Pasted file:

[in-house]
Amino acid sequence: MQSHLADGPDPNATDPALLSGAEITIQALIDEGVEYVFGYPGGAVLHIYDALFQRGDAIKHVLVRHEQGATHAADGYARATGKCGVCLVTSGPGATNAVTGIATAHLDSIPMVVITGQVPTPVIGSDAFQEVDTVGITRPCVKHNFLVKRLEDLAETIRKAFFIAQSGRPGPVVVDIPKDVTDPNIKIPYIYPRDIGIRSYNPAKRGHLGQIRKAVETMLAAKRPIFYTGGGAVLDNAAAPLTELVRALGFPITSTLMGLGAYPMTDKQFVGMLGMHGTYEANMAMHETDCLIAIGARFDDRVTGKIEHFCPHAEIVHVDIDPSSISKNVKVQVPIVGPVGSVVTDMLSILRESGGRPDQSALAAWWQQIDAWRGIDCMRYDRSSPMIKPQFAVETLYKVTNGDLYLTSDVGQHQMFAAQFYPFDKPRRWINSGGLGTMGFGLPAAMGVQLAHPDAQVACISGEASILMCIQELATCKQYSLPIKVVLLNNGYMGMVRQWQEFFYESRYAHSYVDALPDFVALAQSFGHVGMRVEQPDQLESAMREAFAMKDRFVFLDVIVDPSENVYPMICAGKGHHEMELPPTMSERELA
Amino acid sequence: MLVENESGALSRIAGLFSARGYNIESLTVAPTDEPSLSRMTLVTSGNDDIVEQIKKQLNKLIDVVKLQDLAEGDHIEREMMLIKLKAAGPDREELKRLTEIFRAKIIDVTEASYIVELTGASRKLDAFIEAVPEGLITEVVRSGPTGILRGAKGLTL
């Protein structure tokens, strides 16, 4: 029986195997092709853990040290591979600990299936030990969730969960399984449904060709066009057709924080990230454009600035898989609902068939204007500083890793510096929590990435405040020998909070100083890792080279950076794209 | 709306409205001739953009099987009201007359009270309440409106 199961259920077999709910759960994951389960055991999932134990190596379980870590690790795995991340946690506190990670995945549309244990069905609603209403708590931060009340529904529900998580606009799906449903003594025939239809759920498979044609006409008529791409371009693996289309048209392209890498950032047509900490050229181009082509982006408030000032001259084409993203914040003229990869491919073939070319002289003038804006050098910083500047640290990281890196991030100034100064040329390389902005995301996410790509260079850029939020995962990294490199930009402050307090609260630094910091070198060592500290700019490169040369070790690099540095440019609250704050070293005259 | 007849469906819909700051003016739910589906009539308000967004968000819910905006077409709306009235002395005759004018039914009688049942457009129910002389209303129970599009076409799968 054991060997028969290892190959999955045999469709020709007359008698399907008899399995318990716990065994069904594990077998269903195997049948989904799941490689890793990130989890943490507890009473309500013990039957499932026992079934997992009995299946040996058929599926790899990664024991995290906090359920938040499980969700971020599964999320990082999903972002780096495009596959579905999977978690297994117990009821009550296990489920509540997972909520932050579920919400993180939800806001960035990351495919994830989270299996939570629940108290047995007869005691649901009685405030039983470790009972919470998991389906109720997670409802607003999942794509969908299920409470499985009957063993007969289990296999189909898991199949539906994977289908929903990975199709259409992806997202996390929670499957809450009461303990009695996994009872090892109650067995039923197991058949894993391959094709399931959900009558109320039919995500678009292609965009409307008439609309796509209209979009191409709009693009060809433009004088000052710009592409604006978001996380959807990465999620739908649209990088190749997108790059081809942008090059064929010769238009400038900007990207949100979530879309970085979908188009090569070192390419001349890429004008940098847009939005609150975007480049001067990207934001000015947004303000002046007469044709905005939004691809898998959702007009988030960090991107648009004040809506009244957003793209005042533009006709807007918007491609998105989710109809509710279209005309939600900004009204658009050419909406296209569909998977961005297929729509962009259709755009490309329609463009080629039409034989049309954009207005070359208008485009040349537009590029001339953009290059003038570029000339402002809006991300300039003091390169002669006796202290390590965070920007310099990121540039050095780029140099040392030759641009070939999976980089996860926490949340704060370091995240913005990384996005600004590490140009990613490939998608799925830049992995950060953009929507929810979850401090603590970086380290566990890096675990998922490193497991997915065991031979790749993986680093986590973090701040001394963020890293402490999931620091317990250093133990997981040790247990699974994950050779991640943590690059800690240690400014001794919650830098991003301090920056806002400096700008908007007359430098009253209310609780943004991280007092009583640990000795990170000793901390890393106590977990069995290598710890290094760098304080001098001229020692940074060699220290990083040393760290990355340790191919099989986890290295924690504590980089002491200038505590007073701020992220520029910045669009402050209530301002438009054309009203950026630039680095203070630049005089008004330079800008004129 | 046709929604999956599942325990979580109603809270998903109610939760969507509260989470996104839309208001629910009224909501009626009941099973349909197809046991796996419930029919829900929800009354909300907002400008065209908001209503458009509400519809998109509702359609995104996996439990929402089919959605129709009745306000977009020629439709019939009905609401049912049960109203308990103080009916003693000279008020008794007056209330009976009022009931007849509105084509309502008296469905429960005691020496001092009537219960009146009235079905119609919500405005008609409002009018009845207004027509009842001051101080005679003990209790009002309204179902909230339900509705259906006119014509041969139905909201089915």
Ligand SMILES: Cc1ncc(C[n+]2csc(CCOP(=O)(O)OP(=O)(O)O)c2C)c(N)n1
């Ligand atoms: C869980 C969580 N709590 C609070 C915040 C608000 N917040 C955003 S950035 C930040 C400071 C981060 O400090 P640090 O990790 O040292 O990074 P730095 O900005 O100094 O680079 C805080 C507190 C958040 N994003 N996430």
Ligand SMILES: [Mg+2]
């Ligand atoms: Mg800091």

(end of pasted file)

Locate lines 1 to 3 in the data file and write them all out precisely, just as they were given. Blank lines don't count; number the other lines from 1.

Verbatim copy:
[in-house]
Amino acid sequence: MQSHLADGPDPNATDPALLSGAEITIQALIDEGVEYVFGYPGGAVLHIYDALFQRGDAIKHVLVRHEQGATHAADGYARATGKCGVCLVTSGPGATNAVTGIATAHLDSIPMVVITGQVPTPVIGSDAFQEVDTVGITRPCVKHNFLVKRLEDLAETIRKAFFIAQSGRPGPVVVDIPKDVTDPNIKIPYIYPRDIGIRSYNPAKRGHLGQIRKAVETMLAAKRPIFYTGGGAVLDNAAAPLTELVRALGFPITSTLMGLGAYPMTDKQFVGMLGMHGTYEANMAMHETDCLIAIGARFDDRVTGKIEHFCPHAEIVHVDIDPSSISKNVKVQVPIVGPVGSVVTDMLSILRESGGRPDQSALAAWWQQIDAWRGIDCMRYDRSSPMIKPQFAVETLYKVTNGDLYLTSDVGQHQMFAAQFYPFDKPRRWINSGGLGTMGFGLPAAMGVQLAHPDAQVACISGEASILMCIQELATCKQYSLPIKVVLLNNGYMGMVRQWQEFFYESRYAHSYVDALPDFVALAQSFGHVGMRVEQPDQLESAMREAFAMKDRFVFLDVIVDPSENVYPMICAGKGHHEMELPPTMSERELA
Amino acid sequence: MLVENESGALSRIAGLFSARGYNIESLTVAPTDEPSLSRMTLVTSGNDDIVEQIKKQLNKLIDVVKLQDLAEGDHIEREMMLIKLKAAGPDREELKRLTEIFRAKIIDVTEASYIVELTGASRKLDAFIEAVPEGLITEVVRSGPTGILRGAKGLTL